Sheriffs and under-sheriffs
J.—(1) Sheriffs appointed for a county or Greater London shall be known as high sheriffs, and any reference in any enactment or instrument to a sheriff shall be construed accordingly in relation to sheriffs for a county or Greater London.
(2) No persons shall be nominated in 1973 in pursuance of section 6(1) of the Sheriffs Act 1887 as persons fit to serve as high sheriff, but the lord-lieutenant of a new county or Greater London shall, as soon as may be after he has been appointed under section 211(l) above or has been specified in an Order in Council under section 211(4) above, nominate three persons as being fit to serve as high sheriff of that county or Greater London, as the case may be, and they shall be treated as having been nominated under the said section 6(1).
(3) The rights of Her Majesty in right of the Duchy of Lancaster in relation to the appointment of high sheriffs shall apply throughout the whole of the counties of Greater Manchester, Merseyside and Lancashire; and subsection (2) above shall not apply to those counties or to the county of Cornwall.
(4) The Lord Chancellor may by order prescribe the area for which each under-sheriff is to act.
(5) Where the area for which an under-sheriff acts is situated in two or more counties, the duty imposed by section 23 of the Sheriffs Act 1887 of appointing the under-sheriff for that area shall be discharged by the high sheriff of the county containing the greater part of that area, after consulting any other high sheriff concerned, and if any question arises as to which county contains the greater part of an under-sheriff's area, it shall be determined by the Lord Chancellor.
References in this subsection to a county include references both to Greater London and to the City (including the Temples).
(6) An under-sheriff shall as respects the area for which he acts be treated as the high sheriff's deputy for the purpose of all the high sheriff's functions, except his functions as returning officer at parliamentary elections.
(7) No privileges or duties of a sheriff shall be exercisable under section 34 of the Sheriffs Act 1887 or otherwise by the bailiff of a franchise.
(8) In this section "Greater London" does not include the City or the Temples.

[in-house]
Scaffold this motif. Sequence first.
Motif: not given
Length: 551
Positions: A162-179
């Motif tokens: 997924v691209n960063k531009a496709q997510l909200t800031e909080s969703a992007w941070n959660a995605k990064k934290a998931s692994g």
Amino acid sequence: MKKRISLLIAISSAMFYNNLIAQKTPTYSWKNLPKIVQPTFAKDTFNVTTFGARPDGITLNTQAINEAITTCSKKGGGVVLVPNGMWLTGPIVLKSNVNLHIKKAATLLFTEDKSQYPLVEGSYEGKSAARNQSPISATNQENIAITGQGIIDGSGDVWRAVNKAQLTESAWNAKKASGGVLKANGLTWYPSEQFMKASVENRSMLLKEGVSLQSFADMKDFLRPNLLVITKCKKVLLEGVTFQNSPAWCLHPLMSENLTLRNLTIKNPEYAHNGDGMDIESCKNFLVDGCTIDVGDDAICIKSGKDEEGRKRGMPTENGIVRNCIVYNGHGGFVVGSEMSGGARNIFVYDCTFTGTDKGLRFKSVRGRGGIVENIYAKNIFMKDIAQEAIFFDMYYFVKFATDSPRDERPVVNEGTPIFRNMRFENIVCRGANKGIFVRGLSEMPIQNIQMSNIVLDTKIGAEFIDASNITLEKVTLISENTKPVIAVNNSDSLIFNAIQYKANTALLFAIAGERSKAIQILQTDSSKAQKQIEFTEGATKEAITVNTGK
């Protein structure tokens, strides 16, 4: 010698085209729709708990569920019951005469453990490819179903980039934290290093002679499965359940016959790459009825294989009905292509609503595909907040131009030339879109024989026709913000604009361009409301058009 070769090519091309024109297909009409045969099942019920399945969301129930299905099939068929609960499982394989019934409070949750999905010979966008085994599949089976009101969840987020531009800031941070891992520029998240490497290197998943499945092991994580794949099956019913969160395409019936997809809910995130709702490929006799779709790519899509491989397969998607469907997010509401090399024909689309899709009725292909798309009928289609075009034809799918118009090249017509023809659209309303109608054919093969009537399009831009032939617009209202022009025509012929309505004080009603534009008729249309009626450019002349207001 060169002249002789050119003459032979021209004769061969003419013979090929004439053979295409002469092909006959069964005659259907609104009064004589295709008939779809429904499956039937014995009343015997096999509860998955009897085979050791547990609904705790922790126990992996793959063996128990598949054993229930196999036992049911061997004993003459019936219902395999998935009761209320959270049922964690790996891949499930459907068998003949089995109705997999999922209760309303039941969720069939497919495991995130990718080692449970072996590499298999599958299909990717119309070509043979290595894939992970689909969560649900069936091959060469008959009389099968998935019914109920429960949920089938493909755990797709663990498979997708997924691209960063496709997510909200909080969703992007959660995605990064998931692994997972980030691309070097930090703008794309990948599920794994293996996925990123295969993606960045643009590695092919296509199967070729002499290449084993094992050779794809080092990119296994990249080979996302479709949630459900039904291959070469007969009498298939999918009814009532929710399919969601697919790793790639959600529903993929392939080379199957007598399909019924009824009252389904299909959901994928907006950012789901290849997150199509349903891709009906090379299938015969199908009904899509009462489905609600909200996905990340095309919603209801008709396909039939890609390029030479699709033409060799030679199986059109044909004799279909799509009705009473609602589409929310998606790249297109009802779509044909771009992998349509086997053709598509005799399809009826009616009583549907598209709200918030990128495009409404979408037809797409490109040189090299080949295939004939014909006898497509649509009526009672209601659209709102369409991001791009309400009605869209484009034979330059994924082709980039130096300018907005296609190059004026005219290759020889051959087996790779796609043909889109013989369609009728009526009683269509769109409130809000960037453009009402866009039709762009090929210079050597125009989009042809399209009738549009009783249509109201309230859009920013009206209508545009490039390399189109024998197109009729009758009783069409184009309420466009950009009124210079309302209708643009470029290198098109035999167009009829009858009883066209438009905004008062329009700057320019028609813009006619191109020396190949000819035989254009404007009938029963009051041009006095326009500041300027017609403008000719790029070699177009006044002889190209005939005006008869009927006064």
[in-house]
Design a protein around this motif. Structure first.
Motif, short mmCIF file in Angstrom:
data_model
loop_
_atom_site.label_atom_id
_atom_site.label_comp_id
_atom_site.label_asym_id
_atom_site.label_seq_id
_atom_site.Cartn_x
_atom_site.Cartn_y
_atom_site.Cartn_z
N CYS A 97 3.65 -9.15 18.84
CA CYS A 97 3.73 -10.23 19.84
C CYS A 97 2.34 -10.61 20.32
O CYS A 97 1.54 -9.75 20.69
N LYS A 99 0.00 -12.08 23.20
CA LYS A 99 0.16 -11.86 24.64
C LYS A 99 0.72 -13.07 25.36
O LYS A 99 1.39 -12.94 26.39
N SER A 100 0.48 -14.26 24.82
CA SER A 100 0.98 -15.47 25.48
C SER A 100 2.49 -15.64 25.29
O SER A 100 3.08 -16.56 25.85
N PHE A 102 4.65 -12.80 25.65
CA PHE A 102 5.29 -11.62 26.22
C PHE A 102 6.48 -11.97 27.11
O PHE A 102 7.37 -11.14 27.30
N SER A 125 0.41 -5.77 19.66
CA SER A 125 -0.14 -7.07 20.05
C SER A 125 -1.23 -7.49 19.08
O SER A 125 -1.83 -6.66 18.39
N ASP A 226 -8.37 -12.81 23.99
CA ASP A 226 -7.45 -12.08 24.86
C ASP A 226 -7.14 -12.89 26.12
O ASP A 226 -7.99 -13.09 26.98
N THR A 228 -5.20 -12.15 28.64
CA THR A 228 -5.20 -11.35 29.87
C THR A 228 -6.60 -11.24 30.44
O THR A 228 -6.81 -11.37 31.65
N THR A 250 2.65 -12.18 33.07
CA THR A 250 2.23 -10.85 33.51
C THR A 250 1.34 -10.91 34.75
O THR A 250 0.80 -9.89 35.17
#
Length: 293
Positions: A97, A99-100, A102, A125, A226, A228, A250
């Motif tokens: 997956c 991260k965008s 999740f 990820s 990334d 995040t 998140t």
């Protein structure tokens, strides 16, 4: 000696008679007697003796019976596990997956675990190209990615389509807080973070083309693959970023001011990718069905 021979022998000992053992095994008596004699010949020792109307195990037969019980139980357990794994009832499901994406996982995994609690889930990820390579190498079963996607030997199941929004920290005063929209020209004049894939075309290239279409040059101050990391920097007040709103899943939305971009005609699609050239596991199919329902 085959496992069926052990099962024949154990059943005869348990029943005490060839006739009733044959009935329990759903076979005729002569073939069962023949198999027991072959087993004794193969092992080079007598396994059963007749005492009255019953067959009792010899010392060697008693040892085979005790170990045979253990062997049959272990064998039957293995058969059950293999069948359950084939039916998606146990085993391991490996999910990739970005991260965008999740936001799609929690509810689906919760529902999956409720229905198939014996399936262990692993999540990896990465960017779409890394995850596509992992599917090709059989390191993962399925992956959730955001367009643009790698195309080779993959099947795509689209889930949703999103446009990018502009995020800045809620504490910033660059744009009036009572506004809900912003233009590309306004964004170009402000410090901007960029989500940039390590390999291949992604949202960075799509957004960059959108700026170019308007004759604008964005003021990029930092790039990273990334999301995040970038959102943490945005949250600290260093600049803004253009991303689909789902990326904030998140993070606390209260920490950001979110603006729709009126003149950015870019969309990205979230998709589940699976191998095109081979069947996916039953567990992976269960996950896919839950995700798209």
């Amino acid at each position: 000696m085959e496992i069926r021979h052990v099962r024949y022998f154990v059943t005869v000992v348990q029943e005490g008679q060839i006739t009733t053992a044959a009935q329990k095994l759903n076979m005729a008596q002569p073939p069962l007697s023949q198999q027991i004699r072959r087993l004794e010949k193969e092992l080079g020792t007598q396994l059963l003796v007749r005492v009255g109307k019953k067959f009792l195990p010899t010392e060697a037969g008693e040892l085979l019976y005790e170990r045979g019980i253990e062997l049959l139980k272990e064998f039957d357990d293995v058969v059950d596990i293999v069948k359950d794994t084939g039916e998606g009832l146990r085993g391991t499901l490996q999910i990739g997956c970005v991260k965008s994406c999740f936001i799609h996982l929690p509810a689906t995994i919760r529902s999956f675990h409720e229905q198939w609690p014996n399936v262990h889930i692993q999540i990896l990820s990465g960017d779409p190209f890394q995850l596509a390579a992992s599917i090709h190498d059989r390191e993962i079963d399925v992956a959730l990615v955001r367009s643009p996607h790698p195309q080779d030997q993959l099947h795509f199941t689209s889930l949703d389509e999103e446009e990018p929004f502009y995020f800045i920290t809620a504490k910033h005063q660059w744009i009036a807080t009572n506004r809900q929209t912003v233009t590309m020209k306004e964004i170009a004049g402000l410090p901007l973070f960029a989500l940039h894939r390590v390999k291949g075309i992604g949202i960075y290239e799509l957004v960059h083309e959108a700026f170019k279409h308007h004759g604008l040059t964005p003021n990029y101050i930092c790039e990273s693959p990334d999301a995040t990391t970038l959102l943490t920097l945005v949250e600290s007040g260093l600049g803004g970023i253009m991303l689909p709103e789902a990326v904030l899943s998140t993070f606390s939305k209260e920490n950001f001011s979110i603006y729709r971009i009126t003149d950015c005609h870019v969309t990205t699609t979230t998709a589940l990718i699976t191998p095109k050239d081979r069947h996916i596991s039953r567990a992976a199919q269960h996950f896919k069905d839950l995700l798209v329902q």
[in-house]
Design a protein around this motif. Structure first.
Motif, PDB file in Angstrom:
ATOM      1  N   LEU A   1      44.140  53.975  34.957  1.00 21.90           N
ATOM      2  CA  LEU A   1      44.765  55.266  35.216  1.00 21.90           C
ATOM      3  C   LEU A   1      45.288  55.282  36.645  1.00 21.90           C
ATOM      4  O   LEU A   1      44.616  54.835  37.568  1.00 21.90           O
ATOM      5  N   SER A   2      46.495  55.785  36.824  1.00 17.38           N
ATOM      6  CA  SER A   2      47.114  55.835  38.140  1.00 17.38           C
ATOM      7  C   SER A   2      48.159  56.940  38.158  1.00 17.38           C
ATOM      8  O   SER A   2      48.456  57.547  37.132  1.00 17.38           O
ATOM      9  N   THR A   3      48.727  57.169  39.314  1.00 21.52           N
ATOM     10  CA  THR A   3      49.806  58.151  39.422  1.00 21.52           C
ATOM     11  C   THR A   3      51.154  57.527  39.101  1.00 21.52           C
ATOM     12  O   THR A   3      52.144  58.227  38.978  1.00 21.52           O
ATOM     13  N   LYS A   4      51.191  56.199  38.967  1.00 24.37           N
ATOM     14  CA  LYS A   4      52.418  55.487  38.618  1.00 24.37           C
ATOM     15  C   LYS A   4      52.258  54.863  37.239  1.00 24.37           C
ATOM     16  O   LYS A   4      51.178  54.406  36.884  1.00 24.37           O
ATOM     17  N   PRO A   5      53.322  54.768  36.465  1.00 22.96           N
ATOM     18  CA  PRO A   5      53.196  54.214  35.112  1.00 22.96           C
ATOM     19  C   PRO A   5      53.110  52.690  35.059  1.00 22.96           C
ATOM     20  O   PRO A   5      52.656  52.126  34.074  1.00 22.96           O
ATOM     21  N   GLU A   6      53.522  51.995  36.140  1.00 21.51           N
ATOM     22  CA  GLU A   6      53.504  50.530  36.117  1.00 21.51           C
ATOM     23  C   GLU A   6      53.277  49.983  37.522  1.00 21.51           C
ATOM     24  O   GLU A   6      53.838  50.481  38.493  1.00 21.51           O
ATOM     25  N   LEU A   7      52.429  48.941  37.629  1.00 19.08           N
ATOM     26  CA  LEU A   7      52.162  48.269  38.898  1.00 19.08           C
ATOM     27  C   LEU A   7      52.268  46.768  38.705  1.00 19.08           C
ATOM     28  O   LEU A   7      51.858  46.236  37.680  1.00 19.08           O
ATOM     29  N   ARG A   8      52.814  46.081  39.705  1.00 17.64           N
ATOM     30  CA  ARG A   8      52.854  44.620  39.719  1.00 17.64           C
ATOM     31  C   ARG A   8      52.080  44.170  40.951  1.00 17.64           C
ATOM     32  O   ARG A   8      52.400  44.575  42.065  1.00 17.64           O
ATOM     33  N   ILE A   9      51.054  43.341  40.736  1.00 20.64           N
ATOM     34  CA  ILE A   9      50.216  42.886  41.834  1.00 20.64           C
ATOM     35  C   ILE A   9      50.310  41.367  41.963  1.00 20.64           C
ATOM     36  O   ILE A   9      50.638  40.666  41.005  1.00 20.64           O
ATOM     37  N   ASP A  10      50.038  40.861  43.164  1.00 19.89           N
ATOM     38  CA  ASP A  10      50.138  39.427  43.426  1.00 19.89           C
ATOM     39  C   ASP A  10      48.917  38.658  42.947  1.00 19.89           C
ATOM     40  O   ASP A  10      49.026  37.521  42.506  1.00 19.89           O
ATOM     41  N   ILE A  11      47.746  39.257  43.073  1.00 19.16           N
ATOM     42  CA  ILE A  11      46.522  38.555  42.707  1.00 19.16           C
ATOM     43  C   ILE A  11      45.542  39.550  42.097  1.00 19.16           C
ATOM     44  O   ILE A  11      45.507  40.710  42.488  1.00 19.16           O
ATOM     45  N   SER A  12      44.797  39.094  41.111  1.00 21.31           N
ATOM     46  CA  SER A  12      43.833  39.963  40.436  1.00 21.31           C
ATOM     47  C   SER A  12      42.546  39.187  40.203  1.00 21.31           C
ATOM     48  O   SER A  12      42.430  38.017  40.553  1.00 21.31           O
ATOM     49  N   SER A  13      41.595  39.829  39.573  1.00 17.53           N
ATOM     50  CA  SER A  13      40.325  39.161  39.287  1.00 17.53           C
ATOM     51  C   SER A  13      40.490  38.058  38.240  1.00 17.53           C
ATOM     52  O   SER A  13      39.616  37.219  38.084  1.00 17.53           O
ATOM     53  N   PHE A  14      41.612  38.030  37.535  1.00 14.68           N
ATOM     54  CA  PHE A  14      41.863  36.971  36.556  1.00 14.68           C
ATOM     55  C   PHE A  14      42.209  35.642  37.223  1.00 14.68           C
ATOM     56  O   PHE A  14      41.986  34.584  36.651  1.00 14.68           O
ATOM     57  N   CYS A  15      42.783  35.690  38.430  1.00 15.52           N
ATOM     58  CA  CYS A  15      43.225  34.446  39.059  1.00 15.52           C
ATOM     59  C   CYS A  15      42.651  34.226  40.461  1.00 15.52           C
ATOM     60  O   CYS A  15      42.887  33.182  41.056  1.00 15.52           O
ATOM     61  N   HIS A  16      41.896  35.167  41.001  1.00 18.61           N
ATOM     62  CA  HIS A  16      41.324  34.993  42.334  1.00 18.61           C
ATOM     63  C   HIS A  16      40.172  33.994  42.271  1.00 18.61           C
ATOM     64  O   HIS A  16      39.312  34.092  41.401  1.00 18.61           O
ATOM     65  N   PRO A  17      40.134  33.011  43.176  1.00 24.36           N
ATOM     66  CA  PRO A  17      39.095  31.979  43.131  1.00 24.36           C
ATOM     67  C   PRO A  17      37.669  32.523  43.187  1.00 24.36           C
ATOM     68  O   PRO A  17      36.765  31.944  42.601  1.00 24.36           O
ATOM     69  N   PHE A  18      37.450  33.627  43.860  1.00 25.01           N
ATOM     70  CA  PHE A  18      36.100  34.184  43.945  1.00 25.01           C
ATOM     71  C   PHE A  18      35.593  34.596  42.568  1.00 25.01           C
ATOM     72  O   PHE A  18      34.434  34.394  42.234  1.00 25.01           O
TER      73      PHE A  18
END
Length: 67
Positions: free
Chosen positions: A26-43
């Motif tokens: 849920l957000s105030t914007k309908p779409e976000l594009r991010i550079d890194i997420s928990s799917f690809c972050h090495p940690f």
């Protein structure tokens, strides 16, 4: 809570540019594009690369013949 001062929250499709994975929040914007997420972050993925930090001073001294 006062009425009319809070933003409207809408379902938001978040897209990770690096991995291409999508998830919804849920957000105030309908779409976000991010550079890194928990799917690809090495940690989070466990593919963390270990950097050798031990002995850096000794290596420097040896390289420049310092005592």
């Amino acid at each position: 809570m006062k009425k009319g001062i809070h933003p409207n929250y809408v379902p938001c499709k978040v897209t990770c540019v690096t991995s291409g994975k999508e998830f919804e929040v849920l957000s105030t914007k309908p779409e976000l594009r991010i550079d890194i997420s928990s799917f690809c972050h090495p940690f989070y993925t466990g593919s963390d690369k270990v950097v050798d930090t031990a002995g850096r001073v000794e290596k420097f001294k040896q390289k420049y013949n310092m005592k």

§ Mr. Carlisle
I think that it would also be convenient to take Lords Amendment No. 490.
The purpose of the new Clause is to enable the areas of jurisdiction of under-sheriffs to be left, broadly speaking, undisturbed by the local government changes brought about by the Bill. This is being done primarily to avoid disrupting under-sheriffs' offices and staffs pending a long-term decision to be taken by the Government in due course as to the arrangements for High Court execution.
The machinery for achieving that is to give the Lord Chancellor power, by statutory instrument, to prescribe under-sheriffs' areas of jurisdiction. It is expected that he will probably define them by reference to county court districts under the County Courts Act, 1959, thus preserving the status quo as far as possible.
The Payne Committee on the Enforcement of Judgment Debts recommended the discontinuance of the under-sheriff's functions in relation to the execution of High Court judgments. If that function were taken away from them they would be left with merely ceremonial and formal functions. No final decision has yet been taken on the implementation of that Report, but it is certainly possible that in the next few years the work of carrying out High Court executions may be transferred from the hands of under-sheriffs. Therefore the Government have 1270 accepted the view of the Under-Sheriffs' Association that, particularly when it is possibly only for a short time, it is not worth causing the disruption which would be caused were any substantial change to be made in the territorial areas of under-sheriffs at present. Therefore, the new Clause makes it possible to preserve the existing areas of operation and function with a minimum of dislocation.
§ Question put and agreed to.
§ Subsequent Lords Amendment agreed to.